DeVan Barbour IV was among the North Carolinians at the Republican National Convention in Cleveland.
He knows some people are playing up the party’s divisions: U.S. Sen. Ted Cruz refused to endorse Donald Trump, his former rival for the presidential nomination, and Ohio Gov. John Kasich, another former rival, was a no-show at the convention held in his home state.
But Barbour says he witnessed a party far more united than what he saw portrayed on television and in newspapers. “The unity in that convention hall was amazing, and it was not properly conveyed through the media,” he said after returning from Cleveland.
The convention was “not nearly as split or contentious” as some in the national media suggested, Barbour said.
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“I feel strongly coming out of the convention that the unity of our party and the momentum flowing out of Cleveland will absolutely show on election day throughout the nation,” he said.
Barbour, who was bound to Marco Rubio, welcomed the opportunity to attend his party’s national convention. “It was a great experience,” he said. “It was a blessing to be able to be a part of it.”
At the convention, Barbour said, he enjoyed “getting to talk with (delegates from other states) and learn more about their primary process and get input on how elections are going in their states.”
When not on the convention floor, Barbour said, delegates spent much of their time trading ideas for how to get the Republican nominee elected in November.
“Turn out, turn out, turn out,” Barbour said. “North Carolina is one of the top-watched states in the entire nation, and in order for Republicans to win in November, conservatives will have to go vote on election day.
“We have to do all we can to make sure our friends, family and neighbors go vote. We really have to push people to the polls, and then I know it will be a good day for conservatives.”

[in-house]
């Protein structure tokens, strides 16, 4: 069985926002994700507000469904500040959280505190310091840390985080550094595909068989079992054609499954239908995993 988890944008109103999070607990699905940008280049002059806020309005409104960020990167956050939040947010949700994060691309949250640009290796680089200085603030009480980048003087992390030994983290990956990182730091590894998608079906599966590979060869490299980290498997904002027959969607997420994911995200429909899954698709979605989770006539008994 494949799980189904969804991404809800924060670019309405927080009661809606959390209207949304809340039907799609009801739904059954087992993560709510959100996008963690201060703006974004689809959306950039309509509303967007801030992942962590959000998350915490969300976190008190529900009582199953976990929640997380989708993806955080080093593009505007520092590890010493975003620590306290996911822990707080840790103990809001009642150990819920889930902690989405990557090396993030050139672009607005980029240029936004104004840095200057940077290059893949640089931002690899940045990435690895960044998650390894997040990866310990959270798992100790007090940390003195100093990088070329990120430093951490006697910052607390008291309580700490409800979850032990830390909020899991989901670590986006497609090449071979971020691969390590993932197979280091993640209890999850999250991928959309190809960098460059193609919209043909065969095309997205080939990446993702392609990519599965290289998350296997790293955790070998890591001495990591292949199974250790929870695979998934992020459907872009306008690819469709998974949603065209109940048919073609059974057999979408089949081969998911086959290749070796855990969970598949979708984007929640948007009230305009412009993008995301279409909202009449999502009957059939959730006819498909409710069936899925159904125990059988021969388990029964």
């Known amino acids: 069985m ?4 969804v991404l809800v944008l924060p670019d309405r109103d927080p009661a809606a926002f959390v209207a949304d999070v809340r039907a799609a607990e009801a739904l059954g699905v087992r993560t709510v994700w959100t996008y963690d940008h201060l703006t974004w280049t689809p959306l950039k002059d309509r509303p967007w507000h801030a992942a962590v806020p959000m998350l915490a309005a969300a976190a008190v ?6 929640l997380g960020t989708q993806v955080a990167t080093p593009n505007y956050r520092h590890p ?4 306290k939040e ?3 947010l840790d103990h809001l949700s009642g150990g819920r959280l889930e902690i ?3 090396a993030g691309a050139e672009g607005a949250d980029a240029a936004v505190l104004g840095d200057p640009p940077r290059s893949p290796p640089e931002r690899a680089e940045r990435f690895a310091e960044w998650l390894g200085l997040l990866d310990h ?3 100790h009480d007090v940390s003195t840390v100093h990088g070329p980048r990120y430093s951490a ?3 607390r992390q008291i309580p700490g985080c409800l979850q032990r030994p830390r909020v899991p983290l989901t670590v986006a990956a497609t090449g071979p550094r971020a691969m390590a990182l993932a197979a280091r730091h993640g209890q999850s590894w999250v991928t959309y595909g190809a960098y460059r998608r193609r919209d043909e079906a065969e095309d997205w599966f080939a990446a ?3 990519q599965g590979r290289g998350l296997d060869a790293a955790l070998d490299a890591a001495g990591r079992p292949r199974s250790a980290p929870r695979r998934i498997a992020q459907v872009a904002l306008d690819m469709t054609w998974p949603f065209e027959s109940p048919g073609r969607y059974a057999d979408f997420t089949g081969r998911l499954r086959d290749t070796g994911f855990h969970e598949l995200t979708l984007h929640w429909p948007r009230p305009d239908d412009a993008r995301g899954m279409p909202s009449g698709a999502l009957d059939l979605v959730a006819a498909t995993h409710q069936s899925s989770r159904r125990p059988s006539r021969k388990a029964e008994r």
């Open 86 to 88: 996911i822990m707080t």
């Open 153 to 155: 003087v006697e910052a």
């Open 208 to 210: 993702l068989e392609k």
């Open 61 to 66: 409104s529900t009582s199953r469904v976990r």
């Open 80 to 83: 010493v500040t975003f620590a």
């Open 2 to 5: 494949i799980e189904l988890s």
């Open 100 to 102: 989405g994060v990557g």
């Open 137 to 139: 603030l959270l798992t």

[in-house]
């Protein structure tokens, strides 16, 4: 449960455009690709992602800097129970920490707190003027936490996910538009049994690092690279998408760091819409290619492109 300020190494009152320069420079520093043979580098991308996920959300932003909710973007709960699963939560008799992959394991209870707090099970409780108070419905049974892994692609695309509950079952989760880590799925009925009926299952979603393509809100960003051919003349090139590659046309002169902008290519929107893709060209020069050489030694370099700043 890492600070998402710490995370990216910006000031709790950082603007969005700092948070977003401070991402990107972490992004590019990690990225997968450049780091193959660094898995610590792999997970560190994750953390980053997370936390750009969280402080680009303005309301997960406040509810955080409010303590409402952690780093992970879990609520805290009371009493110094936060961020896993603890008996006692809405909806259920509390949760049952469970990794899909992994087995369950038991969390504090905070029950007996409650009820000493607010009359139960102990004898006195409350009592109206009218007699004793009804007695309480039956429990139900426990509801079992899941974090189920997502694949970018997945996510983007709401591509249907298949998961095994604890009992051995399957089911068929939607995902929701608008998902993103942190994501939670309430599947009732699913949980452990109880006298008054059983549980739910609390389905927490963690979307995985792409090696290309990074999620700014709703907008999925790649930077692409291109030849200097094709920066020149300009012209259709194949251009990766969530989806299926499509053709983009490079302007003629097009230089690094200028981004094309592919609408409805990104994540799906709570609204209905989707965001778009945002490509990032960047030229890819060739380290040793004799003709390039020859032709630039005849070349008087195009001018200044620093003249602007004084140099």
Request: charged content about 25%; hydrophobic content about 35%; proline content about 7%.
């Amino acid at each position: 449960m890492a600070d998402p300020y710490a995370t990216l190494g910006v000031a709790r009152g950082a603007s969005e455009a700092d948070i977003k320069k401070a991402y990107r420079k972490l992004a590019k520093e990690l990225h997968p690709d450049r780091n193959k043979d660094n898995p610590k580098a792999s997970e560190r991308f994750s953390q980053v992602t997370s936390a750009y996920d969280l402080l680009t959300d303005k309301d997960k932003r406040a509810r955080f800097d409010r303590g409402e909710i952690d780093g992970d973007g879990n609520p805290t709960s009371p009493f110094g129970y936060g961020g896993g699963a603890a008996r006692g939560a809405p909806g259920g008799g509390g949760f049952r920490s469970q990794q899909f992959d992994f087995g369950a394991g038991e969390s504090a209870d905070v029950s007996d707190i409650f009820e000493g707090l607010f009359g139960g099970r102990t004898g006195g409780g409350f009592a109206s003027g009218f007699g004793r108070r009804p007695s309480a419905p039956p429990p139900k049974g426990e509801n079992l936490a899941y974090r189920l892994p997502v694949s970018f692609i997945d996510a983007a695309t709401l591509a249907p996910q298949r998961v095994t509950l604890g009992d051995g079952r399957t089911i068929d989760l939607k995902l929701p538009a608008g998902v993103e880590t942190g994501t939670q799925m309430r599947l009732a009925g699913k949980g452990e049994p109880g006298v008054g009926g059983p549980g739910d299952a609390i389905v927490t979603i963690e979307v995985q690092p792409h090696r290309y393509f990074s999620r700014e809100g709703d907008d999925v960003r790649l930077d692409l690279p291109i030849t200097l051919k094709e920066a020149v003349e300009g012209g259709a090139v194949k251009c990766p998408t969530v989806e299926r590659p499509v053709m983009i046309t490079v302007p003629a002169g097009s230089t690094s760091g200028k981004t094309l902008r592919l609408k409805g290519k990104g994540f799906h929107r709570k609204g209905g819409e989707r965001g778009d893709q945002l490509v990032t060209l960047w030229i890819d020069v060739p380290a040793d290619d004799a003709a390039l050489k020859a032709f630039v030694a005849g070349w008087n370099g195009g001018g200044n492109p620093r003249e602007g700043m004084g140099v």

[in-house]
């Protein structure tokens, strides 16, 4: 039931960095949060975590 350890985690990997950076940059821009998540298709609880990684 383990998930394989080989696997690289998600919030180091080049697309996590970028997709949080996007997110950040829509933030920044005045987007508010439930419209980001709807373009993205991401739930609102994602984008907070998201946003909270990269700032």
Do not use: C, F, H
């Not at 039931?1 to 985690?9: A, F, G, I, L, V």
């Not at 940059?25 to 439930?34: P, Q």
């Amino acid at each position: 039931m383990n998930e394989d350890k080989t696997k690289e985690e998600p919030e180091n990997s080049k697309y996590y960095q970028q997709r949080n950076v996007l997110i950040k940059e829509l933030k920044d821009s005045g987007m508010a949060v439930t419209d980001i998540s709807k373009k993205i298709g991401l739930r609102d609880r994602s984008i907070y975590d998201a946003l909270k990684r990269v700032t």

Barbour, son of Johnston County Commissioner DeVan Barbour III, said he was most surprised by the unity at the convention. “During the rules vote, most of the hooping and hollering you heard came from pockets of people in the rafters – most didn’t come from people on the floor,” he said.
Security at the convention also surprised him, Barbour said. “Security was amazing,” he said. “There cannot be enough gratitude conveyed to law enforcement on the ground in Cleveland. It was extremely surprising.”
Barbour said protestors were scant. “There was a lack of visible protestors,” he said. “If they showed protestors on TV – I’m sure there was a pocket somewhere in the city – I couldn’t tell you where they were.”
Overall, the narrative in Cleveland did not fit the narrative conveyed through national news outlets, Barbour said. “Controversy sells headlines,” he said. “ ‘Peaceful, united Republic Convention’? You’re not going to get much for that.”
The convention also taught Barbour how important North Carolina is to Republican success come November. “It was evident by no less than the people that came to see us each morning during breakfast,” he said, listing visitors like Wis. Gov. Scott Walker, U.S. House Speaker Paul Ryan and Eric and Laura Trump.
“It just shows the attention that North Carolina was given by top-level surrogates to Mr. Trump,” Barbour said. “It just goes to show how important North Carolina is.”
Abbie Bennett: 910-849-2827; @AbbieRBennett